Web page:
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Unformatted text preview: Plant Nutrients and Soil - 1 As studied in Biology 211, cells need a variety of atoms and molecules to sustain life. Animals extract their nutrients, including organic fuel molecules, from the foods they consume by the process of digestion. Absorbed nutrients are circulated to cells and tissues, and non-digested materials are eliminated as waste products. Because animals obtain the vast majority of their nutrients from the foods they eat, obtaining food resources is a major activity of most animals. (See ecology section) . Most of us are familiar with the nutrient requirements for humans, and we know that if we fail to make good nutritional choices we may have health problems and nutritional deficiencies. Plants, too, have nutrient requirements. Although plants manufacture their own carbohydrates, proteins and lipids from inorganic materials, they require a number of minerals and other molecules needed to synthesize their cells' needs. If plants do not get their needed nutrients, they will have growth problems just like we do. The ways in which plants obtain their nutrients is quite different from methods used by animals to obtain food. Plants focus on obtaining inorganic materials from their local environment rather than searching for appropriate food choices, not surprising since plants are fixed in location. Plants are autotrophs. They obtain raw materials from their environment. Plants need about 18 elements, mostly mineral ions, along with oxygen, water, and carbon dioxide. Plants process these nutrients into their needed organic and inorganic molecules for plant structure and function. Plants produce few waste products because they have no need to extract nutrients from pre-formed organic materials (like we do), and their fuel needed to do cell work is provided by photosynthesis In this section we will look at what nutrients are needed by plants and how they get them from their environment. We may also touch on environmental change as it impacts plants and ways some plants have to augment their mineral uptake. Plant mineral requirements In addition to carbon, hydrogen, and oxygen, which comprise about 98% of the fresh weight of the plant, several other chemical elements, called the essential inorganic nutrients, are needed for plant growth. Nine of these, including nitrogen, potassium, calcium, phosphorus, magnesium, and sulfur (along with carbon, hydrogen, and oxygen), are required in relatively large amounts and are known as macronutrients. The remaining essential inorganic nutrients: iron, chlorine, copper, manganese, zinc, nickel, molybdenum, and boron, are required in very small, or trace amounts (as little as a few parts per million), and are known as micronutrients. The micronutrients function primarily as cofactors. A chart of plant mineral nutrients and their functions follows (Oxygen, carbon and hydrogen are often not included in plant mineral requirement lists) : Plant Nutrients and Soils - 2 Plant Nutrients and their Functions Plant Nutrients and Soils - 3...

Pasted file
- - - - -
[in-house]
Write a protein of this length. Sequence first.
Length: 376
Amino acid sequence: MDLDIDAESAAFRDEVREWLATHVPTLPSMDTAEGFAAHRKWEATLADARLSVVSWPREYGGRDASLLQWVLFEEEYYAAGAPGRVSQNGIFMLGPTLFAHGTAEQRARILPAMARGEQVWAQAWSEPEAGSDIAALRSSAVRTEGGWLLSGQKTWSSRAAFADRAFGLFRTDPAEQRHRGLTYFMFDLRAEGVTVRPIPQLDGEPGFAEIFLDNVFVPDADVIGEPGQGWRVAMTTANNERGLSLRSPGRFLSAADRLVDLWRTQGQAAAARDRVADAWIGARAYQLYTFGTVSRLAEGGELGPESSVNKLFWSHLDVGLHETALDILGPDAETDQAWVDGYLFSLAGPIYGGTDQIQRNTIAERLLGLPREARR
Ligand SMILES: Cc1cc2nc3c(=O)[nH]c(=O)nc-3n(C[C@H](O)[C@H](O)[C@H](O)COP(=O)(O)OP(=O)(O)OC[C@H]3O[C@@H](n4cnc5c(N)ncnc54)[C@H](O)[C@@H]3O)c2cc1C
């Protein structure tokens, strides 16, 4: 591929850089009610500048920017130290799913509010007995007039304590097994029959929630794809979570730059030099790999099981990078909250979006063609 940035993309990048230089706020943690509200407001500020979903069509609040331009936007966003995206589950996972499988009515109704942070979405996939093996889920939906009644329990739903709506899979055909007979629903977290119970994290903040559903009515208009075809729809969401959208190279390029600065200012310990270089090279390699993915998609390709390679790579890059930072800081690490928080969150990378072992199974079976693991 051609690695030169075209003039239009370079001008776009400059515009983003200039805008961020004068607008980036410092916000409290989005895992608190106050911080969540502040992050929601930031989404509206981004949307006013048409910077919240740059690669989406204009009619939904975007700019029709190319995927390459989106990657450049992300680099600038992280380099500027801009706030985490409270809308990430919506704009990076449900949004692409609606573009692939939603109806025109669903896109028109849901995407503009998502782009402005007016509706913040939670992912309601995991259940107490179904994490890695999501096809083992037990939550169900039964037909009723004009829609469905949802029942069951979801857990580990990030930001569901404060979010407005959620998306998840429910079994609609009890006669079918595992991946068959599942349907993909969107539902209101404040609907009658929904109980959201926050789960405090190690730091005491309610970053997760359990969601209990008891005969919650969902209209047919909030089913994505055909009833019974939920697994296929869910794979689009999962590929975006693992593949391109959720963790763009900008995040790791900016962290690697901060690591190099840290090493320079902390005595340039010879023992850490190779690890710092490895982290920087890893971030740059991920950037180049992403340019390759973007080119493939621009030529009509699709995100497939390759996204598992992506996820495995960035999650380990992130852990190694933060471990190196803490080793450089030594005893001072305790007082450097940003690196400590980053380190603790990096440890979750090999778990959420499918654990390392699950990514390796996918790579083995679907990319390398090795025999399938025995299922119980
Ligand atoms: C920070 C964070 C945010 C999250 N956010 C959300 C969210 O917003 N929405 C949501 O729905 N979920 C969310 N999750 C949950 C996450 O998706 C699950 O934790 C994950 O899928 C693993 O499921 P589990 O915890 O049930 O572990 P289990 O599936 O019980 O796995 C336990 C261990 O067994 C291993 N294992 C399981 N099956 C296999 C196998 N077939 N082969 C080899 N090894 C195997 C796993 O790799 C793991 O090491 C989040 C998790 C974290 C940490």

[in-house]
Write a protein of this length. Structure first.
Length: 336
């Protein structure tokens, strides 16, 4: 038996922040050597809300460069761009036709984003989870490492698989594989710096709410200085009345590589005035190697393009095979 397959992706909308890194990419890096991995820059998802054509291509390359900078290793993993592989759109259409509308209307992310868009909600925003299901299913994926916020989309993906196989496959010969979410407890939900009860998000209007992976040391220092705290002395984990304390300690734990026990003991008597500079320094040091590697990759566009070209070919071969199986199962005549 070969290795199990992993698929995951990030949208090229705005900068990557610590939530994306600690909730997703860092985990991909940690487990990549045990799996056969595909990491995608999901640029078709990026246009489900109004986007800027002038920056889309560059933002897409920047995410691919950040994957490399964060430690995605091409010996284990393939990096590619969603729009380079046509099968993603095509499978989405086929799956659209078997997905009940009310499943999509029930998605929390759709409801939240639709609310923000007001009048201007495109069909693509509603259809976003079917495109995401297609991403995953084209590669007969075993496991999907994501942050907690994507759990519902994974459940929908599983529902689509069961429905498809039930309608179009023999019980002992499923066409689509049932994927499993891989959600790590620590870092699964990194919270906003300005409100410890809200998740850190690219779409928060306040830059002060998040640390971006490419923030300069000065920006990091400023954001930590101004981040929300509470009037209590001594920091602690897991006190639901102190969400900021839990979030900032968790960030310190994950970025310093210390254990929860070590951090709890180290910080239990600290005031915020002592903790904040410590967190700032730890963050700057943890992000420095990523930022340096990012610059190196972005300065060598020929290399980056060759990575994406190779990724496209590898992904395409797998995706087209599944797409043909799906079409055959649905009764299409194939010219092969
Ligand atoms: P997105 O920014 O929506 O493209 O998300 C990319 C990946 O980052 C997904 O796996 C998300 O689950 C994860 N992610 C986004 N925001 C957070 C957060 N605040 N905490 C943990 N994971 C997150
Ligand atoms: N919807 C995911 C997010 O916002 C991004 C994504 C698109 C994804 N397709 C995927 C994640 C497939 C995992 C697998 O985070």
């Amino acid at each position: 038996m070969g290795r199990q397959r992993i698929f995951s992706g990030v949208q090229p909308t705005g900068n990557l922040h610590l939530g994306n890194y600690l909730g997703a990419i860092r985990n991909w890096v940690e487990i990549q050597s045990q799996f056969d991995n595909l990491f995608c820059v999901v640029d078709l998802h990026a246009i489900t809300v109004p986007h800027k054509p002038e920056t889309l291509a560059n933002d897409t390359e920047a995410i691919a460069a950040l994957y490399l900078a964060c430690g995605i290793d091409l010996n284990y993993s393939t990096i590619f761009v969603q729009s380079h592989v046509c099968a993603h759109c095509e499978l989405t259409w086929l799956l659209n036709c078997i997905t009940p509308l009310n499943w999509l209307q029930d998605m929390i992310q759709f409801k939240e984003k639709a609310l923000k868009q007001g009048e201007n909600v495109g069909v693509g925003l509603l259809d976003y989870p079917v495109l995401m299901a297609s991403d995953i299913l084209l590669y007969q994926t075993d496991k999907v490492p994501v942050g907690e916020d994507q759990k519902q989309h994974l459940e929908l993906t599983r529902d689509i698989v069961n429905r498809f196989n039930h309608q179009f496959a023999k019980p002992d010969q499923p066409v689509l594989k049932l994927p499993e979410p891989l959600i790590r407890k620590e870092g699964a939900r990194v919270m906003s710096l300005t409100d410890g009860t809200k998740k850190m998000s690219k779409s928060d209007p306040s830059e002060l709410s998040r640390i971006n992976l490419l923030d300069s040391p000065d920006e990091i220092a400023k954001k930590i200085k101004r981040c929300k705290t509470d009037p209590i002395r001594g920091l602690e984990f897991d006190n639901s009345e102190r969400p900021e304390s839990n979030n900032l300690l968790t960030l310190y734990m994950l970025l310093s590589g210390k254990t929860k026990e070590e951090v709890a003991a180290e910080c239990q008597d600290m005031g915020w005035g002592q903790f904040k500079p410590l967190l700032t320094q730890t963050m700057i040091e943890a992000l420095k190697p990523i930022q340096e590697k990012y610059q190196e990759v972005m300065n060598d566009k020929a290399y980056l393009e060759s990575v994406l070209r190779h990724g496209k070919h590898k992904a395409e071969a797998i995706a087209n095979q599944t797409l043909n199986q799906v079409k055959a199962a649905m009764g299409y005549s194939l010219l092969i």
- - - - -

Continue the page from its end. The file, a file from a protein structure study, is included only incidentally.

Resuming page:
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- Spring '09